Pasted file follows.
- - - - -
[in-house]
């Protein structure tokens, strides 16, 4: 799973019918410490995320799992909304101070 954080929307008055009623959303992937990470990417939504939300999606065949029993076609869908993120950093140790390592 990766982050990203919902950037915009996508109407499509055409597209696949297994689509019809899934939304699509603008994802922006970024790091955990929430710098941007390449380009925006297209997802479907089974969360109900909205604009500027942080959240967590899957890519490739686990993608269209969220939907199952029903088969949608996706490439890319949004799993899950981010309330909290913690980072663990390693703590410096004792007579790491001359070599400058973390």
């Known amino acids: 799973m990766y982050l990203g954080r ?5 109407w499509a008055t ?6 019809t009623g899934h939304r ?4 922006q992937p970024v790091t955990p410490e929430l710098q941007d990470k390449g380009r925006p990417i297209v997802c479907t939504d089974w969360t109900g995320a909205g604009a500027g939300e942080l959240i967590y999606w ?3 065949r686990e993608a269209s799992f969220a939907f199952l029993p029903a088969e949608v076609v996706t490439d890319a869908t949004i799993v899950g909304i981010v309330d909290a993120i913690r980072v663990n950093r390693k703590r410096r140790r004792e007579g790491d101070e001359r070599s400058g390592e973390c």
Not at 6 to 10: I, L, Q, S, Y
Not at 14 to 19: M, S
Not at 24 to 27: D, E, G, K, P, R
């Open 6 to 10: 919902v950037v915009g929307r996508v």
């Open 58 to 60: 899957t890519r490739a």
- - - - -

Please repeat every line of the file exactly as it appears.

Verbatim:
[in-house]
């Protein structure tokens, strides 16, 4: 799973019918410490995320799992909304101070 954080929307008055009623959303992937990470990417939504939300999606065949029993076609869908993120950093140790390592 990766982050990203919902950037915009996508109407499509055409597209696949297994689509019809899934939304699509603008994802922006970024790091955990929430710098941007390449380009925006297209997802479907089974969360109900909205604009500027942080959240967590899957890519490739686990993608269209969220939907199952029903088969949608996706490439890319949004799993899950981010309330909290913690980072663990390693703590410096004792007579790491001359070599400058973390």
């Known amino acids: 799973m990766y982050l990203g954080r ?5 109407w499509a008055t ?6 019809t009623g899934h939304r ?4 922006q992937p970024v790091t955990p410490e929430l710098q941007d990470k390449g380009r925006p990417i297209v997802c479907t939504d089974w969360t109900g995320a909205g604009a500027g939300e942080l959240i967590y999606w ?3 065949r686990e993608a269209s799992f969220a939907f199952l029993p029903a088969e949608v076609v996706t490439d890319a869908t949004i799993v899950g909304i981010v309330d909290a993120i913690r980072v663990n950093r390693k703590r410096r140790r004792e007579g790491d101070e001359r070599s400058g390592e973390c």
Not at 6 to 10: I, L, Q, S, Y
Not at 14 to 19: M, S
Not at 24 to 27: D, E, G, K, P, R
């Open 6 to 10: 919902v950037v915009g929307r996508v």
């Open 58 to 60: 899957t890519r490739a």